In seventh grade, I had to wash all the desks after school because I drew on mine. One day, when I was actually drawing on paper, the teacher made me show my picture to the class. Talk about humiliation!

Let’s fast forward to today – what type of art do you like to create?

I make some ceramic bowls and cups, but mostly build trays and create slab forms and cut-outs in clay to use as tableaux. Most of my work in the past was in pastel and acrylic paint, but I have become addicted to glassy glazes and the surprise of seeing what comes out of the kiln after you have created your piece, had it bisque-fired and spent hours on glazing.

Sometimes, it is painful to see what firing and chemically unstable glazes do to what purely comes from your heart, but other times, you see a miracle and it is so overwhelming, so joyful!

What other art forms are you dabbling in?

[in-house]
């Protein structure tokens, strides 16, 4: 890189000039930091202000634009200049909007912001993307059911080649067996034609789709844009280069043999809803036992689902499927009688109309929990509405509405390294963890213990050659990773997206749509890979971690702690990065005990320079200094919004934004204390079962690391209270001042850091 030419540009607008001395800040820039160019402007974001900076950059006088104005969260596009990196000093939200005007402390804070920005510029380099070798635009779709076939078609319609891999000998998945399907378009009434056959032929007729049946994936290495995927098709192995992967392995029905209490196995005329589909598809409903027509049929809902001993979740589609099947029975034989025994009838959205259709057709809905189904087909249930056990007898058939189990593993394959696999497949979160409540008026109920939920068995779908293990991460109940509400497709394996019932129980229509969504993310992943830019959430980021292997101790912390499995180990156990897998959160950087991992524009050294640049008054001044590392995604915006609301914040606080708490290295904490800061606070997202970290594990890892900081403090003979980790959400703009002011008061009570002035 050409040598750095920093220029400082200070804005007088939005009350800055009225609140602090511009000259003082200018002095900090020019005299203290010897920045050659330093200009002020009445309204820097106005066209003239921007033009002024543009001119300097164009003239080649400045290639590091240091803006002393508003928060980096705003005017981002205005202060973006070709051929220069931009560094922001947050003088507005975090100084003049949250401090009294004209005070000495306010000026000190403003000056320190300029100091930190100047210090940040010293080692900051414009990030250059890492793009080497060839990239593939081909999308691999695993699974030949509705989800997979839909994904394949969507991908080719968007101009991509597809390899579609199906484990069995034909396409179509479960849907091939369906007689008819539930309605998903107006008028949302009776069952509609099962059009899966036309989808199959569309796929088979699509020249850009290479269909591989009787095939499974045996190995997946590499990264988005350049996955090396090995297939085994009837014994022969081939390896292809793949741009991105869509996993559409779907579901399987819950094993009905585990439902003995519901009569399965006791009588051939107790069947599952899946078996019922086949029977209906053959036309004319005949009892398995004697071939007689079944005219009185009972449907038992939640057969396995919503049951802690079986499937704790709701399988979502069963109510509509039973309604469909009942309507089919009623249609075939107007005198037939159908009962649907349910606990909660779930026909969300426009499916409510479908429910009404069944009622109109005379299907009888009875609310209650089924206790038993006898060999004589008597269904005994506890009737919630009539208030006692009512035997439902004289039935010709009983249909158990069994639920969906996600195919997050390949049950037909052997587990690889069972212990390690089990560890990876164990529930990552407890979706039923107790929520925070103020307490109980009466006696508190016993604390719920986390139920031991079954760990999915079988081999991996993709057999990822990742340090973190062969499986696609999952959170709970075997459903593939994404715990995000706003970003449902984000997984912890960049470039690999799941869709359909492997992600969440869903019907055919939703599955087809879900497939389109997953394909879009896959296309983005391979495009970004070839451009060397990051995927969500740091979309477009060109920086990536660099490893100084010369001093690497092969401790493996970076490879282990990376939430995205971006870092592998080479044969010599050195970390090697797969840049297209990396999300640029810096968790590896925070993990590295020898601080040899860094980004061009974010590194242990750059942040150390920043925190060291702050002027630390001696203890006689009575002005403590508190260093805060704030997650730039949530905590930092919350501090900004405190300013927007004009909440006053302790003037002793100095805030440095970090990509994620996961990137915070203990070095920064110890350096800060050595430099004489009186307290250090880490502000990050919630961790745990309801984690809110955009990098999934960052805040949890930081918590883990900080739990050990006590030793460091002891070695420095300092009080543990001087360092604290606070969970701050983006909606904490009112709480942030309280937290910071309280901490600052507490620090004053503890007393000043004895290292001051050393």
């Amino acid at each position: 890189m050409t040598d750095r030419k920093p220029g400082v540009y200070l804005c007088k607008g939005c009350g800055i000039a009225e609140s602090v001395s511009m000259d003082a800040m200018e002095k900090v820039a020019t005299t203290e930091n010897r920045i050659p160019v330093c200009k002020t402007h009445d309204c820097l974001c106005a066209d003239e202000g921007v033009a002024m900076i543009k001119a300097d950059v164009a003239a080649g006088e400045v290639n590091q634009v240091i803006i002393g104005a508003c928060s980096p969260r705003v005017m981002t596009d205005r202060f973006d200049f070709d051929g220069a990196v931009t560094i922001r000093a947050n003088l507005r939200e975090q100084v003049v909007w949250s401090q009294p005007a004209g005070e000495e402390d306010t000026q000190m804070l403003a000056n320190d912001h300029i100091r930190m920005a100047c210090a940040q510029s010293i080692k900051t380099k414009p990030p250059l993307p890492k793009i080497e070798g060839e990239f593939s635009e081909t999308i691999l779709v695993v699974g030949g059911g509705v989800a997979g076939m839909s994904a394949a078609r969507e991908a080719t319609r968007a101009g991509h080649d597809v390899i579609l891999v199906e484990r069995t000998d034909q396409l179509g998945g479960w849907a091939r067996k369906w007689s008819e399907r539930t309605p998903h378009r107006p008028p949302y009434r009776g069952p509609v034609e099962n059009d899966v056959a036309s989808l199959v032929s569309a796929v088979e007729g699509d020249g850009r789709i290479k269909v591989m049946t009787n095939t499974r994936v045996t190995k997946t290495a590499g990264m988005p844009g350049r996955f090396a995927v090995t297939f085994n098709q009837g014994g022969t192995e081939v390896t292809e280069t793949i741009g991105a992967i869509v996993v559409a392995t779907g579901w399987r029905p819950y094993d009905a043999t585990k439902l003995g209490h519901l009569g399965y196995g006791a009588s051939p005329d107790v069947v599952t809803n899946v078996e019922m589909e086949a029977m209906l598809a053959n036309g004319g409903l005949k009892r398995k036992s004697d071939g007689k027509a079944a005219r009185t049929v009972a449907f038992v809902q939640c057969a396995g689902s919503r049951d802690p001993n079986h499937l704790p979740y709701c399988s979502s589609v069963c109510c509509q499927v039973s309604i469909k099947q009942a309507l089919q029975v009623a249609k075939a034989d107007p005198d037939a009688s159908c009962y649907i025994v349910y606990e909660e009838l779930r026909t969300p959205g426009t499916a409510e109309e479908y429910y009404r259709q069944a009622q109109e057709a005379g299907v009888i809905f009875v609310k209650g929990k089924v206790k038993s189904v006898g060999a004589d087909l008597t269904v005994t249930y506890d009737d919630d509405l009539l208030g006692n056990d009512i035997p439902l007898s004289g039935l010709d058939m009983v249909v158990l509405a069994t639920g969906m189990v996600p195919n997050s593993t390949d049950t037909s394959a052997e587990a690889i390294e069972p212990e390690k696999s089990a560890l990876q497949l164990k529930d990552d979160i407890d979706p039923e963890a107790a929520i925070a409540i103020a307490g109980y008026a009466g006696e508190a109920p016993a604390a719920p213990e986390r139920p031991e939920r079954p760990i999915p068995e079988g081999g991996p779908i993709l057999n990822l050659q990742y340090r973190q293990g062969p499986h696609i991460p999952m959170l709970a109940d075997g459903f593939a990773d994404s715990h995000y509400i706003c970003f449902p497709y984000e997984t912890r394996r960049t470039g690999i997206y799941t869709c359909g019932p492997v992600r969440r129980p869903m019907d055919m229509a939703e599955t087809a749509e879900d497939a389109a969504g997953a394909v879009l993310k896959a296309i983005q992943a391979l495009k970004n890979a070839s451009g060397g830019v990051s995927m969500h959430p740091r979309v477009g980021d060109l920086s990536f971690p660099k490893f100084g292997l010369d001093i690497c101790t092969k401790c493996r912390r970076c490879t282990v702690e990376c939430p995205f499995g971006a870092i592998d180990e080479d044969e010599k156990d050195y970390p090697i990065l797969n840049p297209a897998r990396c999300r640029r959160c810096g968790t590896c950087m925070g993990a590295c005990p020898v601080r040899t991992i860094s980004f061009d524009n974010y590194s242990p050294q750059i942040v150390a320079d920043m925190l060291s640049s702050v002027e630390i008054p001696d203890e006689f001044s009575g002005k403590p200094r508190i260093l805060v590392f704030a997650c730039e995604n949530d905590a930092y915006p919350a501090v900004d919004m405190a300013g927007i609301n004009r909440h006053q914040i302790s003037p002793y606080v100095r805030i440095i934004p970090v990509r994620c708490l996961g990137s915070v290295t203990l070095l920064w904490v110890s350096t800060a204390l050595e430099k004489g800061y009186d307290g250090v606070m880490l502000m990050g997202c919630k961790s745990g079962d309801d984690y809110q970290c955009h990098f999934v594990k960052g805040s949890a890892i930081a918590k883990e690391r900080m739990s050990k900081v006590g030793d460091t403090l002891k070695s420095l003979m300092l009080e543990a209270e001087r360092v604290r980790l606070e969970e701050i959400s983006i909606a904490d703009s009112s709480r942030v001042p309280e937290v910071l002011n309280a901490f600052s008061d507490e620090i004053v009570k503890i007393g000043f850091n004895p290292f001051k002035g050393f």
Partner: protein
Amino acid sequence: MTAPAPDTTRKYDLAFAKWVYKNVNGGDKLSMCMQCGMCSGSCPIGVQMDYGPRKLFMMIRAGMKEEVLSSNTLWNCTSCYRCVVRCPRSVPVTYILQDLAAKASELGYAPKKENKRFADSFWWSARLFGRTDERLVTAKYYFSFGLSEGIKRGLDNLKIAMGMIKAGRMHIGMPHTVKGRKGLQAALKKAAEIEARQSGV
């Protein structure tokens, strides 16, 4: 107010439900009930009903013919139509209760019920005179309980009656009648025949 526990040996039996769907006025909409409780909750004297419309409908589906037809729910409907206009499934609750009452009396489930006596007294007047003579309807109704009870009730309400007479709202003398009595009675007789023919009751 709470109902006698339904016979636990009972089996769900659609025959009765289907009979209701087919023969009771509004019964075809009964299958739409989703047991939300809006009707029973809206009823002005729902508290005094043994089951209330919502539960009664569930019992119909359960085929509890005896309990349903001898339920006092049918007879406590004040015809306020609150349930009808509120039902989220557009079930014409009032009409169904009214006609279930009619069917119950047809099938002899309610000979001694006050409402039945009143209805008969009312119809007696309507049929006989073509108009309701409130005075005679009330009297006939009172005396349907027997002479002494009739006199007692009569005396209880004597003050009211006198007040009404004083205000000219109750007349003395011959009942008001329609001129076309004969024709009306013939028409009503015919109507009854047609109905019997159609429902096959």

I still draw and paint and pre-pandemic, was doing some printmaking at the Typesetting Lab at the public library. I taught a papier mache class at the Delonis Center and it was really fun. I completed a project that I started about 20 years ago when I got home!

In February, I did a class on making cards at FreshStart Clubhouse. That was so great! Many low-income people are artists and this builds community and self-esteem for them and for me.

Take us through your artistic process?

I’m not sure I have an artistic process. More than anything, I have deadlines with pottery because classes go only a certain amount of time and they’re over. I think my artistic process has a lot to do with overcoming the fear that I can’t do it or it won’t be good enough, that I have played my creativity out or there isn’t enough time to do what I want to do. In the end, I can’t stop myself from going forward. It can feel awful getting to the point where I have the paint on canvas, but once I’m there I lose myself. It is how some describe meditation. I become so focused that nothing else matters.